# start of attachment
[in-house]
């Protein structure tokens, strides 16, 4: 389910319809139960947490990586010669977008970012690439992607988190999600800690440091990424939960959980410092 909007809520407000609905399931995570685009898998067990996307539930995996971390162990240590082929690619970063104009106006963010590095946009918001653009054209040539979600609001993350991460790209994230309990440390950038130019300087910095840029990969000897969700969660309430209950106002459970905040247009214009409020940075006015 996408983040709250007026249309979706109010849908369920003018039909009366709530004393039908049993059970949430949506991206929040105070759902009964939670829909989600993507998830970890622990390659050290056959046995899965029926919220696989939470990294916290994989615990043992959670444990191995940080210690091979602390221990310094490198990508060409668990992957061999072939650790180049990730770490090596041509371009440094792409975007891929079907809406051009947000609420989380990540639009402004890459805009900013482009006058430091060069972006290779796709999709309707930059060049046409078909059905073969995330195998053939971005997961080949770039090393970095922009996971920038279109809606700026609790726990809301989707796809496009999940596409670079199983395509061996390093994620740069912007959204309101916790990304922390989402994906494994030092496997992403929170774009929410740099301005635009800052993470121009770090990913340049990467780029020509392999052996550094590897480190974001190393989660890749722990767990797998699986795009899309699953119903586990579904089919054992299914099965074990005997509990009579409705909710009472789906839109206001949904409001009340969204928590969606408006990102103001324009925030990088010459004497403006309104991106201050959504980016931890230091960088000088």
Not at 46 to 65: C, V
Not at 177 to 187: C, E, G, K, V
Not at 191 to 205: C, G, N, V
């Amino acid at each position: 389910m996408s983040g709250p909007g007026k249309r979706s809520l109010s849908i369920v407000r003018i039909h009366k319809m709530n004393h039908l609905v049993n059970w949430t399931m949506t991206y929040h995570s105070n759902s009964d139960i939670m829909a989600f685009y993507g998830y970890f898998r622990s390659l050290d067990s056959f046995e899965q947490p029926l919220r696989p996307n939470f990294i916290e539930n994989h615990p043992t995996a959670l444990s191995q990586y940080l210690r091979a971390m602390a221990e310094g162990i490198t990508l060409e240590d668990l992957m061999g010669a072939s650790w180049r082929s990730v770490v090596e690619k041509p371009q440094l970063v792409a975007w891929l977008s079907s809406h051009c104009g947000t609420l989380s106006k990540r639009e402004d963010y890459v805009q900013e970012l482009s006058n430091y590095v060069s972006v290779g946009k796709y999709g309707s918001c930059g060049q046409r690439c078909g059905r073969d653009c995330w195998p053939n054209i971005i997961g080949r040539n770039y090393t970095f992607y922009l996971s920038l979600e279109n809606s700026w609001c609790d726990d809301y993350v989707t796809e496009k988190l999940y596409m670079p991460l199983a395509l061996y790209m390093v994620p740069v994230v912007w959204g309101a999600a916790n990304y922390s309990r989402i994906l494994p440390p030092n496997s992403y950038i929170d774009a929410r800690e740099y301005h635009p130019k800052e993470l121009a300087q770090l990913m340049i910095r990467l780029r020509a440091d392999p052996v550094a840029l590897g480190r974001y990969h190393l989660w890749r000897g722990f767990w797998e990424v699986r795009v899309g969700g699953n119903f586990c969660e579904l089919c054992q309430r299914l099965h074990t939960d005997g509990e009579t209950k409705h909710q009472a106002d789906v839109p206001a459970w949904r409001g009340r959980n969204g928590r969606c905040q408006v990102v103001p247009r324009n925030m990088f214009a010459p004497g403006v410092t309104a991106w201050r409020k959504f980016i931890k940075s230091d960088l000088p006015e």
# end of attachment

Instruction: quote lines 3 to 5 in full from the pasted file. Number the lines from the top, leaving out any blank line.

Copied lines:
Not at 46 to 65: C, V
Not at 177 to 187: C, E, G, K, V
Not at 191 to 205: C, G, N, V